July 15, 2014
House of Blues - Dallas
Dallas, TX USA
Review by Jill Jackson
Photos by Andy Laudano
The Simplicity of Tesla Rocks Into the Now
Video by Steve Armstrong
Tesla performs to a capacity crowd at the Dallas, Texas House of Blues Tuesday night in support of their latest album release, Simplicity. Fans of all ages filled every seat in the balcony and packed the floor so tightly that it was nearly impossible to squeeze your way up to the front of the stage, proving once and for all the cross - generational appeal of this veteran act.
Tesla rocked the house, as they have every time I have seen them over the past two decades - this band never disappoints. Hitting the stage with the brand new "Break of Dawn" the show seemed to be more or less broken down into two halves: the first showcasing their newer, post-millennial output, albeit with a few notable exceptions, and the second featuring the hits that got them here. Other selections from Simplicity included "So Divine" and "MP3" a song reminiscent of a simpler time with the lyrics "All the world is overrun with technology... We gotta get back to Simplicity."
Although the show's first half was predominantly newer material, Tesla pleased the old-schoolers early on by including "Hang Tough" and one of my favorites "Heaven's Trail (No Way Out)," both from their 1989 breakthrough album, The Great Radio Controversy. They also touched on two of their more underrated albums by playing the biggest hit from each: "Mama's Fool" from 1994's Bust a Nut and "What You Give" from 1991's Psychotic Supper. From there, it was all hits till the end of the show.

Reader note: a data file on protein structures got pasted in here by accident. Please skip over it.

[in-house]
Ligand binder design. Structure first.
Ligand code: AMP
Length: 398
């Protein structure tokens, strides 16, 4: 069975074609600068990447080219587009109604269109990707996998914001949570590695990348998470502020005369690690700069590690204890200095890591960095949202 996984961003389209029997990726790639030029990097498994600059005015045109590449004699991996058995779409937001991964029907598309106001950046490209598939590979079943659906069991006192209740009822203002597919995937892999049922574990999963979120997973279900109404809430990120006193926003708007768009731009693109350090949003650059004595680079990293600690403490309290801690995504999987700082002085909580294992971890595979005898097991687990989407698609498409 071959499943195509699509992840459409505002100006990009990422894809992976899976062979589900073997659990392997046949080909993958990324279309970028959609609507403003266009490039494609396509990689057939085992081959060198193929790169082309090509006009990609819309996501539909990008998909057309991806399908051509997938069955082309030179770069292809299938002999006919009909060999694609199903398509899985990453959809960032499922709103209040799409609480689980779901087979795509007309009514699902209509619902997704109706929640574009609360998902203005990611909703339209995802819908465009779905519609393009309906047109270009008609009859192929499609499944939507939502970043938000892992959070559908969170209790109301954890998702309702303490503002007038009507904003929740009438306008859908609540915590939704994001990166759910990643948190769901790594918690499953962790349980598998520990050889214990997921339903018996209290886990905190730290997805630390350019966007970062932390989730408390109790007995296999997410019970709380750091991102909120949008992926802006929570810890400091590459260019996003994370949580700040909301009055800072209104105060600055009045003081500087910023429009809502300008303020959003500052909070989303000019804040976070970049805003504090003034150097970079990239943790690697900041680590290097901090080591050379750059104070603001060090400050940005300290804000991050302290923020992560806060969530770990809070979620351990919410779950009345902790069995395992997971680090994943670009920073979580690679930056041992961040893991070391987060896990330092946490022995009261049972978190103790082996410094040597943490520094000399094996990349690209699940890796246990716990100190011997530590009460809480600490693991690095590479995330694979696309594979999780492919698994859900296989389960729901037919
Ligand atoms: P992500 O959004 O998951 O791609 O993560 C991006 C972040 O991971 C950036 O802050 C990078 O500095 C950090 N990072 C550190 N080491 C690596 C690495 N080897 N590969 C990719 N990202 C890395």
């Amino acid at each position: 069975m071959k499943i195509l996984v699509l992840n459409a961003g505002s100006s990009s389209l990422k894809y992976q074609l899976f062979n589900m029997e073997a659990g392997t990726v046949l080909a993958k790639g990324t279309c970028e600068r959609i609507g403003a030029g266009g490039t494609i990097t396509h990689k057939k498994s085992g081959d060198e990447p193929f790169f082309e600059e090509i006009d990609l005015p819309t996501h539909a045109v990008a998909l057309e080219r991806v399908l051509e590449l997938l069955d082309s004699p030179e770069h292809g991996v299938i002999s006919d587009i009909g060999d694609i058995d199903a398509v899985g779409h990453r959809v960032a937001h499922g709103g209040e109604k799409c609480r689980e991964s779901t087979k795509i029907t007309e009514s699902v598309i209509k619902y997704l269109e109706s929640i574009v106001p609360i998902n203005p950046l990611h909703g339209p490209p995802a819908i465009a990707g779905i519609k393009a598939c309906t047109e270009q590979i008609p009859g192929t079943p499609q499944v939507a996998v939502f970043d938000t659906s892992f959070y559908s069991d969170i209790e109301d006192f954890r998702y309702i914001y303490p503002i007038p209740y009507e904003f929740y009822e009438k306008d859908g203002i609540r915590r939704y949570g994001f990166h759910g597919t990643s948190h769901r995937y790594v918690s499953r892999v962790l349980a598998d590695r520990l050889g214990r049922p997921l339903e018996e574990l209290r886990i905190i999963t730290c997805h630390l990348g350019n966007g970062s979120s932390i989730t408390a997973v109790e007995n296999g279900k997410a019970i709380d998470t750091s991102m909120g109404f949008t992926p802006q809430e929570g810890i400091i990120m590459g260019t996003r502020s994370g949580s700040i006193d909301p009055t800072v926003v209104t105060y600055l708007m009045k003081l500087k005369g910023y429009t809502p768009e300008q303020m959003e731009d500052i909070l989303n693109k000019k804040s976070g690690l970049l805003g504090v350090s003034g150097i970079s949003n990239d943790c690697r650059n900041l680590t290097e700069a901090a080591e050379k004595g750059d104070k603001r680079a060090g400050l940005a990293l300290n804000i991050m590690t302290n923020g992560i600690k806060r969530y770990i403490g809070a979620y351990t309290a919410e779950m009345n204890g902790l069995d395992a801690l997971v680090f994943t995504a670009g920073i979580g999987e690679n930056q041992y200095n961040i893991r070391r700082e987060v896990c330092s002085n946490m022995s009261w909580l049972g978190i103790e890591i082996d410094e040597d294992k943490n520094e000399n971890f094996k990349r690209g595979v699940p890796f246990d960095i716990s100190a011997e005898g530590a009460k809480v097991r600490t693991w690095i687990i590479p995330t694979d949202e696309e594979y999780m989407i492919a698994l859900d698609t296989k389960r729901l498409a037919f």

It's sometimes easy to forget the impact Tesla had on the music scene back in 1990, but they were the first hard rock band to release an album of entirely acoustic material nearly 25 years ago. "Signs," the biggest single from their Five Man Acoustical Jam album, was everywhere in 1990, way before the MTV Unplugged craze of that decade. The fans at the House of Blues remember though, as it was one of the biggest sing-alongs of the night.
Their biggest hit "Love Song" was another crowd favorite, with everyone singing along to its huge chorus. Other early favorites followed, including "Gettin' Better," "Modern Day Cowboy" and show-closer "Cumin' Atcha Live," all from their 1986 debut, Mechanical Resonance.
One of the things that I love about Tesla is how down to earth this band is when compared to other bands, some of whom were in town this week. Tesla manages to wow their fans with no fancy bells or whistles - just true talent and lots of enthusiasm. Jeff Keith was all over the stage the whole night having just as much fun as the fans, while the guitar enthusiasts in the house were awestruck by Frank Hannon's virtuoso playing.
Aside from "Heaven's Trail," my favorites of the night were "The Way It Is," "What You Give" and "I Wanna Live," a later-era song that fits comfortably alongside their classics and shows how little the band's approach has changed in their nearly 30 years together. I am looking forward to seeing Tesla on the 2015 Monsters of Rock Cruise. As a matter of fact, they are my main reason for going.
Break of Dawn
I Wanna Live
Heaven's Trail (No Way Out)
Into The Now
The Way It Is
What You Give
Modern Day Cowboy
Cumin' Atcha Live